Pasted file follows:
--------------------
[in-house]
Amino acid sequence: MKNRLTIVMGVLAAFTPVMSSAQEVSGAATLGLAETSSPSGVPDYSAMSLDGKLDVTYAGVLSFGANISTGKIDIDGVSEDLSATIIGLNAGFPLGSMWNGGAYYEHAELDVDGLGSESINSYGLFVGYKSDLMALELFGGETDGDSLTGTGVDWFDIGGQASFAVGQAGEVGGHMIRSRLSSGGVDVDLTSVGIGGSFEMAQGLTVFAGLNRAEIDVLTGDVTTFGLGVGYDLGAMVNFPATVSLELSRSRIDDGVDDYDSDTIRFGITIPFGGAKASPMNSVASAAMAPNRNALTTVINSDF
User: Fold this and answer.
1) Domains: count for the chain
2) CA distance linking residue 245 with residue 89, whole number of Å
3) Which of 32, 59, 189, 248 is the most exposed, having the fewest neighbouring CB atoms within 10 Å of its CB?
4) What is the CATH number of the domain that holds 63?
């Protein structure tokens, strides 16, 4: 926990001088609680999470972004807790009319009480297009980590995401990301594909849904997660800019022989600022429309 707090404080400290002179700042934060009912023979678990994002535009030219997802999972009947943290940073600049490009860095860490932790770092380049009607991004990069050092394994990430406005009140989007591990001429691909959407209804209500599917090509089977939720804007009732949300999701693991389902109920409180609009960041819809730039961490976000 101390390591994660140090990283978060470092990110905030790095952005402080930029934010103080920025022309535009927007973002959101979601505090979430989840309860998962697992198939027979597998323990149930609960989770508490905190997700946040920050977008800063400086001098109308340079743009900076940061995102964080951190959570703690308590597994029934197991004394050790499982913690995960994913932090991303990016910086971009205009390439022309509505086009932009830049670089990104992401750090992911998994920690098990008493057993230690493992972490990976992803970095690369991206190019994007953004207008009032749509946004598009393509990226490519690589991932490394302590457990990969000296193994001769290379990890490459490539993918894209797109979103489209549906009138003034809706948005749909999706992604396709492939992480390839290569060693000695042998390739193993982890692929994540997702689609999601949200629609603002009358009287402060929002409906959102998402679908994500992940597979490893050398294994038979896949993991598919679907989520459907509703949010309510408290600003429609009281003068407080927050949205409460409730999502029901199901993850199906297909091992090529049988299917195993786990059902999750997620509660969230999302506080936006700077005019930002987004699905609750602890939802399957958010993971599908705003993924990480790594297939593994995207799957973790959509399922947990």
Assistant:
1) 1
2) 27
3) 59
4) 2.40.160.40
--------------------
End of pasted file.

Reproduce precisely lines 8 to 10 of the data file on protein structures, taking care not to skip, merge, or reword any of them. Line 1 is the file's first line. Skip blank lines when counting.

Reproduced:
């Protein structure tokens, strides 16, 4: 926990001088609680999470972004807790009319009480297009980590995401990301594909849904997660800019022989600022429309 707090404080400290002179700042934060009912023979678990994002535009030219997802999972009947943290940073600049490009860095860490932790770092380049009607991004990069050092394994990430406005009140989007591990001429691909959407209804209500599917090509089977939720804007009732949300999701693991389902109920409180609009960041819809730039961490976000 101390390591994660140090990283978060470092990110905030790095952005402080930029934010103080920025022309535009927007973002959101979601505090979430989840309860998962697992198939027979597998323990149930609960989770508490905190997700946040920050977008800063400086001098109308340079743009900076940061995102964080951190959570703690308590597994029934197991004394050790499982913690995960994913932090991303990016910086971009205009390439022309509505086009932009830049670089990104992401750090992911998994920690098990008493057993230690493992972490990976992803970095690369991206190019994007953004207008009032749509946004598009393509990226490519690589991932490394302590457990990969000296193994001769290379990890490459490539993918894209797109979103489209549906009138003034809706948005749909999706992604396709492939992480390839290569060693000695042998390739193993982890692929994540997702689609999601949200629609603002009358009287402060929002409906959102998402679908994500992940597979490893050398294994038979896949993991598919679907989520459907509703949010309510408290600003429609009281003068407080927050949205409460409730999502029901199901993850199906297909091992090529049988299917195993786990059902999750997620509660969230999302506080936006700077005019930002987004699905609750602890939802399957958010993971599908705003993924990480790594297939593994995207799957973790959509399922947990």
Assistant:
1) 1